Videogames are a medium often used to escape the cruelties of reality, fostering a safe place for players to take a load off and step into a world that is familiar and comforting. Using a digital space to cope with complex situations or emotions isn’t a new concept, but it seems that some users are taking to the environment of RPGs in order to deal with their break ups. More specifically, Cecilia D’Anastasio of Motherboard explains how men are digitalizing their exes and placing them in games to be downloaded and shared among the modding communities.
Cited as both a coping mechanism and a painful reminder of what they lost, D’Anastasio gives further insight as to why men would create a digital likeness of their exes: “For some, using an avatar of their lover, or at least interacting with their digital incarnation, is a benign way to get more into a game, or even add a fun dynamic to their real-life romance. Others, it turns out—the majority of whom are men—enjoy the thrill of subduing and controlling avatars of lovers past.”
Playing as a partner or ex-lover could create unforeseen complications. Modders can create a digital incantation of their previous girlfriend and advertise them in a way that is appealing for other users. After the initial download, the digital girlfriend is free to be used in whatever way the player wishes to utilize her. In the case of Natalie, the digital embodiment of The Elder Scrolls V: Skyrim (2011) modder “HarrisModifications” ex, she has been downloaded 10,289 times. She can be persuaded to follow the player around the open world or stay at home and occupy herself. According to Harris, Natalie was “100 percent fine” with him uploading the creation.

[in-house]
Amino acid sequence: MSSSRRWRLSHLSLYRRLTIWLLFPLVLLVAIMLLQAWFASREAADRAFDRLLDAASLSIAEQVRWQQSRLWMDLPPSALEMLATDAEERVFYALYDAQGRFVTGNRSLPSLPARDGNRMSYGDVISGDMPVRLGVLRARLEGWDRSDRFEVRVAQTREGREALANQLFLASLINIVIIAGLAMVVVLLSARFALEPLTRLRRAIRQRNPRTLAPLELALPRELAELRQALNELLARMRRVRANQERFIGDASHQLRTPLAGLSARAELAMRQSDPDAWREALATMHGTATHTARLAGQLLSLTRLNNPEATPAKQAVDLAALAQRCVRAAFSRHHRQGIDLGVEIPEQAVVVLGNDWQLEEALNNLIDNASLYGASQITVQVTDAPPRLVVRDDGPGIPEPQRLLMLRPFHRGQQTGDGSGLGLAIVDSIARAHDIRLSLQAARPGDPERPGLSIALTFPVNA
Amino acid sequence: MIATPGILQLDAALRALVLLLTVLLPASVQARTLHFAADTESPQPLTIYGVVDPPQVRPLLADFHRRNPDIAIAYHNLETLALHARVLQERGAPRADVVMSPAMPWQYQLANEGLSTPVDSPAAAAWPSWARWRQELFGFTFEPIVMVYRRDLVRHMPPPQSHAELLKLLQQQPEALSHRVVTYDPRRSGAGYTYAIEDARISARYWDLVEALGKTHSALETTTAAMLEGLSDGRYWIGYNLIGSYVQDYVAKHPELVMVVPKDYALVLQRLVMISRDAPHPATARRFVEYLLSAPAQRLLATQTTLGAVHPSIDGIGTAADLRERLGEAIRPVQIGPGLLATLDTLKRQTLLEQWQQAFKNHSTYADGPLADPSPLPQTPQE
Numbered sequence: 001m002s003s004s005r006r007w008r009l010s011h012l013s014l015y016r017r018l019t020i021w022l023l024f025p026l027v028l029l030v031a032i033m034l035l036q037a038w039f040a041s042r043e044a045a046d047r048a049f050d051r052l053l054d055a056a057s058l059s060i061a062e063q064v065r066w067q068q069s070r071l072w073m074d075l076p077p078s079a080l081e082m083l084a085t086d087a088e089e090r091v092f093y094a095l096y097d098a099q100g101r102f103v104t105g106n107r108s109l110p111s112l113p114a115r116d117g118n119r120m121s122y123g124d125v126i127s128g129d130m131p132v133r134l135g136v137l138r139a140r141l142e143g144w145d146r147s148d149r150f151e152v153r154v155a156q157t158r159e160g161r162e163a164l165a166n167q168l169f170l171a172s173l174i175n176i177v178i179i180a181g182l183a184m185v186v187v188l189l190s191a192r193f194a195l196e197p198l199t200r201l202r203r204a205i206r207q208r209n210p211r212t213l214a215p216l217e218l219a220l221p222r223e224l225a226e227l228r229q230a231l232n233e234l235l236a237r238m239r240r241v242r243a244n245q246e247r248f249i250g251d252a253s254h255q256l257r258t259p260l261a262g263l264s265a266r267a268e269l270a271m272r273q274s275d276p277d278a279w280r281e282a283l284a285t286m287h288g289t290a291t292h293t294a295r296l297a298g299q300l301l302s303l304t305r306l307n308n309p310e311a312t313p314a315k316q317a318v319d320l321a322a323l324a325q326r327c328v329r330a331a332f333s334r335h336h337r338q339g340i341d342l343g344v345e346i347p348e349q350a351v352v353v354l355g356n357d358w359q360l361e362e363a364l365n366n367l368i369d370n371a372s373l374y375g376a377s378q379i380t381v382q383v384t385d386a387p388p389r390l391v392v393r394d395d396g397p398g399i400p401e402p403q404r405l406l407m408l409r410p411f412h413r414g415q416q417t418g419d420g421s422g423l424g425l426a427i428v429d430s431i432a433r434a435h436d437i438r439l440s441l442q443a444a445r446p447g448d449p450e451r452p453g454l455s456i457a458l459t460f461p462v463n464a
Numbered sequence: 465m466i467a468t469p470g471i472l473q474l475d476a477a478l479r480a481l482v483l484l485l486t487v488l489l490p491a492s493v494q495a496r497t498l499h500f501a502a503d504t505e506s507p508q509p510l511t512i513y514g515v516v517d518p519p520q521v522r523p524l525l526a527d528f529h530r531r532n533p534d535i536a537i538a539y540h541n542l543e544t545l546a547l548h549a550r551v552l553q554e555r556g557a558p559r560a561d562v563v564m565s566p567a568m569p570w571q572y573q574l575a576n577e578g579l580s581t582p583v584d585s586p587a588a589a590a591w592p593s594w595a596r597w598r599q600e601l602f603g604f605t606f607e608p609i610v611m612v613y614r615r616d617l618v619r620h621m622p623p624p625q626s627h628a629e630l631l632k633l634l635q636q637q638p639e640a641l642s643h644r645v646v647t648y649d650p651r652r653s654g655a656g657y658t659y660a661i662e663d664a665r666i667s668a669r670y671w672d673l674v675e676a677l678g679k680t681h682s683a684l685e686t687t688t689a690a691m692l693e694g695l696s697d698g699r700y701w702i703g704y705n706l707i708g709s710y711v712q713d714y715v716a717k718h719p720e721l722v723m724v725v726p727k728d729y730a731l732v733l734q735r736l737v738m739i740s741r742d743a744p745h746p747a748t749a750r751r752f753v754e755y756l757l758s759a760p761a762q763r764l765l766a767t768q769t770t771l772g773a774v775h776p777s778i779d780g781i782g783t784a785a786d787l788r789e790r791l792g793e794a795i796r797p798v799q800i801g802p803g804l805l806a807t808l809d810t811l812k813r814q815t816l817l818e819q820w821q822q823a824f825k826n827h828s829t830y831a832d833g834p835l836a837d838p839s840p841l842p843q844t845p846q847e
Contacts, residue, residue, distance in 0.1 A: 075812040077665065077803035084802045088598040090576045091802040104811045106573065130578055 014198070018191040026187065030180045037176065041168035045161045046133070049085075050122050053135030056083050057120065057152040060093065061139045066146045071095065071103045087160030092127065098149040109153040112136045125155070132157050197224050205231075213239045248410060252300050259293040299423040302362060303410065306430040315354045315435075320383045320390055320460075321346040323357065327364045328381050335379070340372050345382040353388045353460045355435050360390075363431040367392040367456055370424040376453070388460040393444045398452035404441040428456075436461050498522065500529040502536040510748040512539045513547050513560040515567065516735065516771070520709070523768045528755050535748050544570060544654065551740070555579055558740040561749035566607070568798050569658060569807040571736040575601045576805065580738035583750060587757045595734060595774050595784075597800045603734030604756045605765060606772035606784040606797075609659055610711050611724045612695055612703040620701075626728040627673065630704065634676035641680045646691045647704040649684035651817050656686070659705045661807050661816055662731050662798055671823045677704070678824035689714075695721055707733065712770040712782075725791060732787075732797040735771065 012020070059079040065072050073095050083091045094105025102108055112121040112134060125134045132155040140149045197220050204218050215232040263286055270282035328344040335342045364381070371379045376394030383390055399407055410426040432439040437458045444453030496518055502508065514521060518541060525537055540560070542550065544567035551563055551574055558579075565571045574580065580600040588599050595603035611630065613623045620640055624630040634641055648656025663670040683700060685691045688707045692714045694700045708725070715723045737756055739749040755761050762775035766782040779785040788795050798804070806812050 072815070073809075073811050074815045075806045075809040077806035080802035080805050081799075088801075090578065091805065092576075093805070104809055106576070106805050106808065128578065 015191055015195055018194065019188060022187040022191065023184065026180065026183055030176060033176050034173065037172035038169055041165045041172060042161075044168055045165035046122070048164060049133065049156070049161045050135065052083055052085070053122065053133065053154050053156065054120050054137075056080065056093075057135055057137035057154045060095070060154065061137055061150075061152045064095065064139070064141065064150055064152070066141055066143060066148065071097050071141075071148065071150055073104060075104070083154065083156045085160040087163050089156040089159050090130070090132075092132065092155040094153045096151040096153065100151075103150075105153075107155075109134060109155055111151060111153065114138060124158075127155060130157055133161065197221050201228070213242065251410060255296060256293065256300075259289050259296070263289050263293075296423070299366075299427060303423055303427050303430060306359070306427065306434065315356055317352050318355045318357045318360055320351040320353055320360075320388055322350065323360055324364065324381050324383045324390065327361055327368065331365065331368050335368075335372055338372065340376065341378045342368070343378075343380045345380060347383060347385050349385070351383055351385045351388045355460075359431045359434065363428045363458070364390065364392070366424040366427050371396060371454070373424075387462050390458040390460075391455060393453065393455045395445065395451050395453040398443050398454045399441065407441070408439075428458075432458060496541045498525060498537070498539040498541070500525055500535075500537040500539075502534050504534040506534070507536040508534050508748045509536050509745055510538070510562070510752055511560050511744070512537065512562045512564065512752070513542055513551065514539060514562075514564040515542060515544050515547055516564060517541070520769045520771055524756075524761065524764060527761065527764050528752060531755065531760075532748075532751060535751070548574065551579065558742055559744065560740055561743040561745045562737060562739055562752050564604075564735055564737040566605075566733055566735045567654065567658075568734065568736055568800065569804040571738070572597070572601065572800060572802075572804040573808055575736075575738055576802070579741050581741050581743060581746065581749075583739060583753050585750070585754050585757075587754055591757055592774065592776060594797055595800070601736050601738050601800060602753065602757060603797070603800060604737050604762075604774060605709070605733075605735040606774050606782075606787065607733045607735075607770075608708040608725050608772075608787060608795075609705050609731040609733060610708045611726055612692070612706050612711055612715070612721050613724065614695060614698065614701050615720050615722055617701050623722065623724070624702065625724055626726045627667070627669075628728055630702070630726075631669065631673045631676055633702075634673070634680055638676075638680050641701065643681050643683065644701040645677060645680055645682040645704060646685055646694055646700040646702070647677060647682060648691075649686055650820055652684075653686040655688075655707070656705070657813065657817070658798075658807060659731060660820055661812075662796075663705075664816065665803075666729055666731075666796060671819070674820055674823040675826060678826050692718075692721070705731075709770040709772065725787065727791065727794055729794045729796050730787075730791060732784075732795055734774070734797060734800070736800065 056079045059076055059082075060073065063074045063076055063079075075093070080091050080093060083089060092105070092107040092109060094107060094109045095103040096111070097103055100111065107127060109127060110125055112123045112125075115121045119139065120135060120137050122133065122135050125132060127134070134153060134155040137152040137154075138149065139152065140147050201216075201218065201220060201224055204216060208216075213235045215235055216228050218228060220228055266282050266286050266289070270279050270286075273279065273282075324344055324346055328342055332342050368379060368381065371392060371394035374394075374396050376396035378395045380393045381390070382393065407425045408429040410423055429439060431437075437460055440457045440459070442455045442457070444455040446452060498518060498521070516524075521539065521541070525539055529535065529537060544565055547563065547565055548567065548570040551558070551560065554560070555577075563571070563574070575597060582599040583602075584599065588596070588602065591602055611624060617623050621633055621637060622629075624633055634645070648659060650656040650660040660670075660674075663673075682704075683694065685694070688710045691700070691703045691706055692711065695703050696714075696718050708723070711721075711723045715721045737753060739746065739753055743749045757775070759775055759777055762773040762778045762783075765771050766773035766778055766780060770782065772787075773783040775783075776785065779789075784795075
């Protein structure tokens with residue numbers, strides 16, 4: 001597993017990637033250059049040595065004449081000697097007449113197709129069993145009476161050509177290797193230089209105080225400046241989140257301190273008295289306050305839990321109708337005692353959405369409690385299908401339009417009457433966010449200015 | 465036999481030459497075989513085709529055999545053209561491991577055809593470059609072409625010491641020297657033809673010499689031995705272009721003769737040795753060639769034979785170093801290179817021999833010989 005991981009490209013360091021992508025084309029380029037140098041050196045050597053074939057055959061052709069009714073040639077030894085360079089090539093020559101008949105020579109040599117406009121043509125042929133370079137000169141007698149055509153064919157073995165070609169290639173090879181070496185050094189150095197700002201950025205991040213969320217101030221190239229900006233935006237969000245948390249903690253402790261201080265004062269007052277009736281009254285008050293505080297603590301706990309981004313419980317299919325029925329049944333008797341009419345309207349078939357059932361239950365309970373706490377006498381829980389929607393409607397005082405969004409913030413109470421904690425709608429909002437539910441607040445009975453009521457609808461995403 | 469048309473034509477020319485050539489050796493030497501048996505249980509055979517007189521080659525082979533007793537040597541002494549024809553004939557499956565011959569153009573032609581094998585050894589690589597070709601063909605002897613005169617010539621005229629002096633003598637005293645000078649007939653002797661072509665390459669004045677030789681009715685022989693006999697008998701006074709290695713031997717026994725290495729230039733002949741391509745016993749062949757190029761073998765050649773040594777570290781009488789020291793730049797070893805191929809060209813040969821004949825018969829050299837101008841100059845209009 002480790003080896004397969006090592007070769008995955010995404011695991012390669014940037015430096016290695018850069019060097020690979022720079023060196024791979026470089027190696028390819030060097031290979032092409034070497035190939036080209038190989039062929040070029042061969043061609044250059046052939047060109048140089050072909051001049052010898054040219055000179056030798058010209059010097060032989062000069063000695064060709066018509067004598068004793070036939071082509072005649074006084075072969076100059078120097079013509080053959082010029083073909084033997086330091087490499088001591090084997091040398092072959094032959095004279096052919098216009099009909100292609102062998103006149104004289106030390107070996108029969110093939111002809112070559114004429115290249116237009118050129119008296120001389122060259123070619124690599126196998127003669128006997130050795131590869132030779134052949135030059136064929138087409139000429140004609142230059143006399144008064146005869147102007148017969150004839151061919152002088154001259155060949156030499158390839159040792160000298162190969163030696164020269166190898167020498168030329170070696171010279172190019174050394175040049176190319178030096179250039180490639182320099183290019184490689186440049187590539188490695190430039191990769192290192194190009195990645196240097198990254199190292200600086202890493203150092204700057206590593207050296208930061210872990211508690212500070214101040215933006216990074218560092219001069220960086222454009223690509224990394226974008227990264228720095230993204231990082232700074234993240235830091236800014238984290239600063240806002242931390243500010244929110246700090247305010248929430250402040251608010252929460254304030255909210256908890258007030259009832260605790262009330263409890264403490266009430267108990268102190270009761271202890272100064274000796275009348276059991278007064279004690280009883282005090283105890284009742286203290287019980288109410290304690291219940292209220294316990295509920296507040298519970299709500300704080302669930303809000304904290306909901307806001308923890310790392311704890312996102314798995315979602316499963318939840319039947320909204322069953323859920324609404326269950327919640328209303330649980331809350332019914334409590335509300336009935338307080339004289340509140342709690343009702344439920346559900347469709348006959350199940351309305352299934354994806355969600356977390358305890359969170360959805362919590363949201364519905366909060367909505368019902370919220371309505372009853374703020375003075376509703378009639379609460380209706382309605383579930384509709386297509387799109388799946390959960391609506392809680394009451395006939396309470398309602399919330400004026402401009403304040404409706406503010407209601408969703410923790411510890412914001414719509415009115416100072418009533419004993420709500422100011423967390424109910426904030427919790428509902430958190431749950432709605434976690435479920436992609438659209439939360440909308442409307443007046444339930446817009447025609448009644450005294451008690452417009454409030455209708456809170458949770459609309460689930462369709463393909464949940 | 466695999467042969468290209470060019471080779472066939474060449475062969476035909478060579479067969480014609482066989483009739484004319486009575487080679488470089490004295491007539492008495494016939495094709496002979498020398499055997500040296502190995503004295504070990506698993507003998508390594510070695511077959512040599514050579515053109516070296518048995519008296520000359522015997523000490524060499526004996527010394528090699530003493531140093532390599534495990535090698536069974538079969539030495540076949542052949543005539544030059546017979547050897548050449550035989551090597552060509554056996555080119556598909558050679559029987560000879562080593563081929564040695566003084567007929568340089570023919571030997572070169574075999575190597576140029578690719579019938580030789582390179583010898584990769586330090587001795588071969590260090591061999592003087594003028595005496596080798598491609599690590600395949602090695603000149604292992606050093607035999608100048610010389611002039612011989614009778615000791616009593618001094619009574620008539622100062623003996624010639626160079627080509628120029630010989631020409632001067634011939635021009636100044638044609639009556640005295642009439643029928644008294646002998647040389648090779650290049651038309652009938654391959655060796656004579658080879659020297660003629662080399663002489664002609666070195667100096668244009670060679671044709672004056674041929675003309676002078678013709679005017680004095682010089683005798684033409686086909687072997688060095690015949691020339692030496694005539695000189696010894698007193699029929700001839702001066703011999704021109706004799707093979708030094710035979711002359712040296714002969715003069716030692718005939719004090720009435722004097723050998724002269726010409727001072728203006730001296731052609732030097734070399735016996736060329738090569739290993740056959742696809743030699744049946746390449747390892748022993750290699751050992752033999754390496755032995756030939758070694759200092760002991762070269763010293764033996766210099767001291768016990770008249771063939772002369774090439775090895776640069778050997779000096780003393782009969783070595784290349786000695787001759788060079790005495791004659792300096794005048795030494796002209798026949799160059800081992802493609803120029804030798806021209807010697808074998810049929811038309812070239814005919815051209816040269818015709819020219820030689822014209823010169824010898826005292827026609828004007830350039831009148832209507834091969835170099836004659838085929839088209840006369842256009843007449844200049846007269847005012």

(Image: Jacqueline Trudeau and her husband in Second Life, via Motherboard)
D’Anastasio writes in her article that evoking an ex-partner in a game could not only be used for managing breakups or adding to an already existing relationship, but can also be used as a vessel to explore activities and concepts that wouldn’t translate well into real life. D’Anastasio interviewed Second Life (2003) user Jacqueline Trudeau, who says that she uses her husband’s likeness for promotional photos when advertising her business of selling highly-detailed yachts. “Trudeau’s husband can be seen in-world wearing tight-fitting swim trunks and wraparound sunglasses, which, she explains, would never happen outside of the virtual world.” Trudeau goes on to say that placing her husband within this digital space is a way of getting him to come out onto the boat with her, which would be impossible otherwise due to his seasickness.